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Who Would Have Thought It?
     

Who Would Have Thought It?

5.0 1
by Maria Amparo Ruiz de Burton, Rosaura Sanchez (Editor), Maria A. Ruiz De Burton
 

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Fiction. Maria Amparo Ruiz de Burton's WHO WOULD HAVE THOUGHT IT? (1872) is a historical romance which engages the dominant myths about nationality, race and gender prevalent in society in the United States prior to and during the Civil War. The narrative follows a young Mexican girl as she is delivered from Indian captivity in the Southwest and comes to live in

Overview

Fiction. Maria Amparo Ruiz de Burton's WHO WOULD HAVE THOUGHT IT? (1872) is a historical romance which engages the dominant myths about nationality, race and gender prevalent in society in the United States prior to and during the Civil War. The narrative follows a young Mexican girl as she is delivered from Indian captivity in the Southwest and comes to live in the household of a New England family. Culture and perspectives on national history and identity clash as the novel criticizes the dominant society's opportunism and hypocrisy, and indicts northern racism.

Editorial Reviews

Publishers Weekly - Publisher's Weekly
The insights into class and race in this clever satire set during and after the Civil War give it a thoroughly contemporary feel. It is even more astounding, then, to learn that it was first published in 1872, and that the author was not even a native English speaker. Burton (The Squatter and the Don) was a Baja California native who married a colonel in the Union Army, and here she combines to good effect both solid insider information and her perspective as an outsider. Dr. Norval returns to New England from a trip west carrying more than luggage. While in an Indian camp, Norval rescued a ten-year-old girl, whose mother was a kidnapped Mexican woman desperate to return Lola to the girl's father. Lola is scorned both by the local gentry, who believe she is either black or Indian, and by the doctor's wife-at least until Dr. Norval reveals that she was accompanied by a lot of gold. When word of her wealth gets out, Lola is treated like a lady as the townspeople begin complex plans to get close to her and her money. The details are exquisite. Burton excels at picking names for these supposedly good Christians, from Mrs. Cackle to the Reverends Hackwell and Hammerhard. In short chapters with titles like ``Potations, Plotting and Propriety,'' Burton details the intricate mess of love and proposals-both honest and contrived. A thorough introduction traces specific themes like the novel's precocious portrayal of women entering the public sphere, and footnotes lend helpful historical background. In the end it is the story that counts, though, and this is a fully entertaining read that stands on its own against much of today's fiction. (Dec.)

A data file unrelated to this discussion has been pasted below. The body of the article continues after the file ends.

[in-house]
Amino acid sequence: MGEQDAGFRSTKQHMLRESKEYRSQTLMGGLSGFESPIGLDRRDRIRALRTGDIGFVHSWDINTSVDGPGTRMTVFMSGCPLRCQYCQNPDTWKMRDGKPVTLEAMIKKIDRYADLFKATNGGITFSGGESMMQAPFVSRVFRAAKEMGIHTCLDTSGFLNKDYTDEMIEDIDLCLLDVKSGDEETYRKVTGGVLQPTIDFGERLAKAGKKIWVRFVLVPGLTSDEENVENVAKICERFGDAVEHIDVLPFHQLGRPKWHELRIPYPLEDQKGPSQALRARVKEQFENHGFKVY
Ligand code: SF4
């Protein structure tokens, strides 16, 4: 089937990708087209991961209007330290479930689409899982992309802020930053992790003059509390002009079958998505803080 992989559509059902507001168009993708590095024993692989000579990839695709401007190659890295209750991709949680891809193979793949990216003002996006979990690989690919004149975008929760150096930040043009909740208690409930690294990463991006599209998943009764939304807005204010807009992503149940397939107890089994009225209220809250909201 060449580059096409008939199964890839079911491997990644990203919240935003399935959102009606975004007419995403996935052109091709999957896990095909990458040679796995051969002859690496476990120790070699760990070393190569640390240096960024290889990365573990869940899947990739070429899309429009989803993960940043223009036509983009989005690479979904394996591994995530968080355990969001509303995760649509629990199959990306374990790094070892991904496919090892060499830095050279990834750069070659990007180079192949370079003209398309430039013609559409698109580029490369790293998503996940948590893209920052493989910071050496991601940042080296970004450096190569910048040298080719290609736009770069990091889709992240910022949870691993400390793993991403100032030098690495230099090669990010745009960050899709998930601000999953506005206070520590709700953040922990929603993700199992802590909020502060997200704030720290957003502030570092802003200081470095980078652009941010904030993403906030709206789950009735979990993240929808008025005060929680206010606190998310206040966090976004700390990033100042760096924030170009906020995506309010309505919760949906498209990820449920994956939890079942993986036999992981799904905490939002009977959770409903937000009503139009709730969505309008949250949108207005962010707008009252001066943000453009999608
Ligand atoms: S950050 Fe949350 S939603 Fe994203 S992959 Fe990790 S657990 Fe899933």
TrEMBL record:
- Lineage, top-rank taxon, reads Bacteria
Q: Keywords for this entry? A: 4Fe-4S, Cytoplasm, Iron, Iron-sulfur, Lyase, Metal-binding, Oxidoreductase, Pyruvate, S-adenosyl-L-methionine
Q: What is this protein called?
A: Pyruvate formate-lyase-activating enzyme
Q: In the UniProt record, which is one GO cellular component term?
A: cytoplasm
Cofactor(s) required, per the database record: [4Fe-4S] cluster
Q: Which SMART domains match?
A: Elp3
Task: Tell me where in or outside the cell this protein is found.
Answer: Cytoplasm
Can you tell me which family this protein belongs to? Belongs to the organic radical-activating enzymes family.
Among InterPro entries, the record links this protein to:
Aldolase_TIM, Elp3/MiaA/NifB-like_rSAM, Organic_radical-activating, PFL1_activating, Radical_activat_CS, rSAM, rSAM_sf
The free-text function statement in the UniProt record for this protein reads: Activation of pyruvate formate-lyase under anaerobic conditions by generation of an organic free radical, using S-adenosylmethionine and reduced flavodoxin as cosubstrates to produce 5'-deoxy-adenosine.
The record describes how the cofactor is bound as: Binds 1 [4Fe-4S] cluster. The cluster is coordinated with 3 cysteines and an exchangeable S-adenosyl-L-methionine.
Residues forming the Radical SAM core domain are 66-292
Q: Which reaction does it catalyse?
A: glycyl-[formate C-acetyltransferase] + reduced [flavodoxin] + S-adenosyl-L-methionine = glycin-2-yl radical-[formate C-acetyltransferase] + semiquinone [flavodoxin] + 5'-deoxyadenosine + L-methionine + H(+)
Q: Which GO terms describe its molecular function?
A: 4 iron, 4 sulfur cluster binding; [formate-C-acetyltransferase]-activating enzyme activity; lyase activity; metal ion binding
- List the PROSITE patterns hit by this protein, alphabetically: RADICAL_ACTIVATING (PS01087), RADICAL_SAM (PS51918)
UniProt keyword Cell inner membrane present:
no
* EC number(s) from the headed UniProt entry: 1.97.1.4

Library Journal - Library Journal
This 1872 title was the author's first novel. Set in the post-Civil War United States, the story deals with the prejudice faced by a young Mexican girl rescued from Indian captivity who comes to live with a New England family.

Product Details

ISBN-13:
9781558850811
Publisher:
Arte Publico Press
Publication date:
11/28/1995
Series:
Recovering the U. S. Hispanic Literary Heritage Series
Edition description:
New Edition
Pages:
298
Sales rank:
1,033,773
Product dimensions:
5.42(w) x 8.51(h) x 1.09(d)

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Who Would Have Thought It? 5 out of 5 based on 0 ratings. 1 reviews.
Anonymous More than 1 year ago